If anyone thinks this $7.7bil move is for the good of your dog’s health then you need your head examined. With their profits slowly falling on their junk food products (leaving Westerners with a chronic obesity, heart and diabetes epidemics, amongst a number of other nutrition-induced woes), multinationals need to focus elsewhere, somewhere they can continue to make shit food products with huge margins. Where better for this approach than the pet sector.
So Mars adds Banfield’s 800 vet hospitals to the 900 it already owns, giving it the market share in the US. So now vets are owned in universities and now they have them on into practice too. Moreover, we lose Banfield as a credible source of information.
This is terrible news.
That “Trust me I’m a vet” Program….
Many of you may already be aware of the truly woeful BBC documentary called “Trust me I’m a vet?” program which attempted to answer the question should we be feeding fresh food to our pets.
Their “investigation” of the issue (an investigation that failed to interview a single voice for the other side) begins by describing the latest craze in pet nutrition, so you instantly know where the rest of the piece is going. As Nick Thompson said in his rebuke of the piece, fresh food is not a craze. It’s millions of years old. Dry food is a craze. The BBC’s piece was the same regurgitated nonsense, whereby fresh dog food poses a potential risk to your children, etc etc. It’s as if the piece was written by Mars and handed to the BBC to release, it’s just so disappointing that the BBC put their name to it. I’m not going to give it another second of my time.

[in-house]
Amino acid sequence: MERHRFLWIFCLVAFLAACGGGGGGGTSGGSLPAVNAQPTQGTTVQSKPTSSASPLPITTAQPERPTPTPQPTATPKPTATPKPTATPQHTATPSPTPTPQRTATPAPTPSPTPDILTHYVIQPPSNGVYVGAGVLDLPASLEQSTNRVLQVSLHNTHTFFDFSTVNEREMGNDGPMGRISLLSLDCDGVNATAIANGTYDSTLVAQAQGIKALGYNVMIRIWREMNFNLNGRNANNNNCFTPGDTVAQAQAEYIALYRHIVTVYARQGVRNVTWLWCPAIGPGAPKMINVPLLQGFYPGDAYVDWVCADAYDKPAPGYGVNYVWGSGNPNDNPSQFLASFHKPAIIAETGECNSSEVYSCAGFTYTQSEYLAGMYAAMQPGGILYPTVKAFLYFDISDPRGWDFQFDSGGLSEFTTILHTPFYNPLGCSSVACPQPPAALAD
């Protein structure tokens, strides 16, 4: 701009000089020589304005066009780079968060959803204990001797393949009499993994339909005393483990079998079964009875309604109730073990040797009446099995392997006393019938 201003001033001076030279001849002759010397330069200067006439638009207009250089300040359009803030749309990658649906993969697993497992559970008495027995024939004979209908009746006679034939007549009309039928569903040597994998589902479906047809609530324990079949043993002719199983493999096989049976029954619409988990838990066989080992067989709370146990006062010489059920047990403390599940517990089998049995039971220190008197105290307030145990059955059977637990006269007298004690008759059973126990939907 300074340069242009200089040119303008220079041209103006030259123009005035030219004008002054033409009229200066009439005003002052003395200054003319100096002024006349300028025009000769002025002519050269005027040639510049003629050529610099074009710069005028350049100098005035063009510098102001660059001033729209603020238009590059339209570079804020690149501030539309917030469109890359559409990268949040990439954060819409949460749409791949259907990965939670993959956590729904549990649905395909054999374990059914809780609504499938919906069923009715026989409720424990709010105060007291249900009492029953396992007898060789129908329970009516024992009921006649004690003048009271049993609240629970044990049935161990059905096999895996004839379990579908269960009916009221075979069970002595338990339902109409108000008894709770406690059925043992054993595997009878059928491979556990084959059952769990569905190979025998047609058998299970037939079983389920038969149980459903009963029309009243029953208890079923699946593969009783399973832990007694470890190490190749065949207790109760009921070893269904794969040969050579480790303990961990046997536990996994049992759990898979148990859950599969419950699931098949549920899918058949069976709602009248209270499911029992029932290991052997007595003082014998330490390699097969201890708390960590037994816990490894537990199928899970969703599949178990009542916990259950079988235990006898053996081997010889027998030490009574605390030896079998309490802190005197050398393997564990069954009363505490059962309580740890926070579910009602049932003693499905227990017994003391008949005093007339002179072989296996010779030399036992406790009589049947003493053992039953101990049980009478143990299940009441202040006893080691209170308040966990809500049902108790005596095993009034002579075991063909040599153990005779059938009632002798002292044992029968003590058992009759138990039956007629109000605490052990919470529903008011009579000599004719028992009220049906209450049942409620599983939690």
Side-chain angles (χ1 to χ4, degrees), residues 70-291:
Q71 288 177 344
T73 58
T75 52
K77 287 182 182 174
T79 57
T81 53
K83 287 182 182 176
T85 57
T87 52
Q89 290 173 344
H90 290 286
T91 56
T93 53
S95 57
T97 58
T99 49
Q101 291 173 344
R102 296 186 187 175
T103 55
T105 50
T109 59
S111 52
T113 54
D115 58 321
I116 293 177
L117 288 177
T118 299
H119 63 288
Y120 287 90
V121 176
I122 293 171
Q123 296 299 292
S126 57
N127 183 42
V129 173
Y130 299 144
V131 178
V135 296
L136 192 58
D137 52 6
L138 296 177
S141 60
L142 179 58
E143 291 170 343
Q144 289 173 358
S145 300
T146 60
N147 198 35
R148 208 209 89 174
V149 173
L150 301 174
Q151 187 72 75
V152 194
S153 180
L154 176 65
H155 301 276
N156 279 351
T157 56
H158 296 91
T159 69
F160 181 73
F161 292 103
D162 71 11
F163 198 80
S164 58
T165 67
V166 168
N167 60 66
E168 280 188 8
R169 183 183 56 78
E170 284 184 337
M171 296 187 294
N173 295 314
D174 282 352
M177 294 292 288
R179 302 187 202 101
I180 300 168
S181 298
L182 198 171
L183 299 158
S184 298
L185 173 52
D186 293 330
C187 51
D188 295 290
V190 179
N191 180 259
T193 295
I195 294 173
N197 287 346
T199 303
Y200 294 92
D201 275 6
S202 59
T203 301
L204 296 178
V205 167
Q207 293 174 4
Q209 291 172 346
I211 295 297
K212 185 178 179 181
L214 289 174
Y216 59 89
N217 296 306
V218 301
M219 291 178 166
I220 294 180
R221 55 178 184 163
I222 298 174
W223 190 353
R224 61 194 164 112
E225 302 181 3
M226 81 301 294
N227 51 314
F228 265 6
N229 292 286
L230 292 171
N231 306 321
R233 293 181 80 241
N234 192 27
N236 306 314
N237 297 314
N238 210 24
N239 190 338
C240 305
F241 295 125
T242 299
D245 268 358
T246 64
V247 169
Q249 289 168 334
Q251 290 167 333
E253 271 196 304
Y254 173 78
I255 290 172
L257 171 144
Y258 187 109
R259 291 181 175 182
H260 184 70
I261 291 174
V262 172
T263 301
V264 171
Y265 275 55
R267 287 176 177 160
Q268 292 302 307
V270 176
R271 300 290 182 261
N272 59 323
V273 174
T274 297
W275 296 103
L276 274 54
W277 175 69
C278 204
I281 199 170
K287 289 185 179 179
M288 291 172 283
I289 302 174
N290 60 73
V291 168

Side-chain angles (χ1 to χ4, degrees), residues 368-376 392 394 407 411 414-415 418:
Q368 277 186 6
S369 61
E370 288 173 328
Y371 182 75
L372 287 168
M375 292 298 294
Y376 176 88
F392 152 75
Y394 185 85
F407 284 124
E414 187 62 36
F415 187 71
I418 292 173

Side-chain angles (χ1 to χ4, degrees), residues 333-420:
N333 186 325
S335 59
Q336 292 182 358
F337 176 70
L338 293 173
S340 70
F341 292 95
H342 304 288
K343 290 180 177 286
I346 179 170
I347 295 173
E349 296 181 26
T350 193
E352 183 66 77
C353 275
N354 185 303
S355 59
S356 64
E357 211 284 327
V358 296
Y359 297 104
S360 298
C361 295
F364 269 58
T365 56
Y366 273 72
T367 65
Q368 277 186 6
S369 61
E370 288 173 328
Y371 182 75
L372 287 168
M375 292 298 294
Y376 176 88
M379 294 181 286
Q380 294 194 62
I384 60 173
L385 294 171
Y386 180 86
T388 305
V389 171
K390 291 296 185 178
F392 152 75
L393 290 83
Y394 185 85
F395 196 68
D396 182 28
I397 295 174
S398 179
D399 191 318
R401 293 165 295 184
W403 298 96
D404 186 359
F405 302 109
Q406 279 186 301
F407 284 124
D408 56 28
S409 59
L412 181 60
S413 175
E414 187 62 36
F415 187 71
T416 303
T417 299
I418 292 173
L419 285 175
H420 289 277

The good news is this. The BBC documentary was absolutely, positively and overwhelmingly destroyed by the canine community. Check out the comments below the promo video for the Trust Me I’m a Vet piece. 95% of the comments are well made, pro-fresh arguments with little to no scientific rebuke by a dry feeder or, needless to say, an actual vet. Not one poisoned pet. Not one unhappy customer. NOT ONE.
In a welcomed rebuke, even the Pet Food Manufacturers Association took umbrage at some of the comments made by the BBC “documentary”…
The PFMA and our members have serious questions over the accuracy and relevance of the research undertaken by Nottingham University and aired by the BBC. We do not believe the findings reported reflect the actual situation with products on the market. Conversations with representatives of Nottingham University have led us to question the research methodology and testing regime used in this study, which does not follow the strict legal requirements our members routinely follow when testing their own products.
We are disappointed that Nottingham University have to date failed to provide requested details of their study and the products tested so that manufacturers can investigate this matter further.
On investigation, Nottingham University is generously sponsored by Hills Pet Nutrition, which might have something to do with it.
In this way, with some of the worst news I’ve heard in months concerning Mars buying out even greater swathes of our vet sector, comes a big ray of hope via the Trust Me I’m a Vet piece and that is that we the informed public are not going to let them get away with it. We can’t, for the sake of dogs everywhere.
Trust me I’m a vet. A statement, once true for sure, which is fast becoming redundant.
After you’ve watched the video and noted 5 or 6 mistakes of your own, feel free to leave your complaints to the BBC here.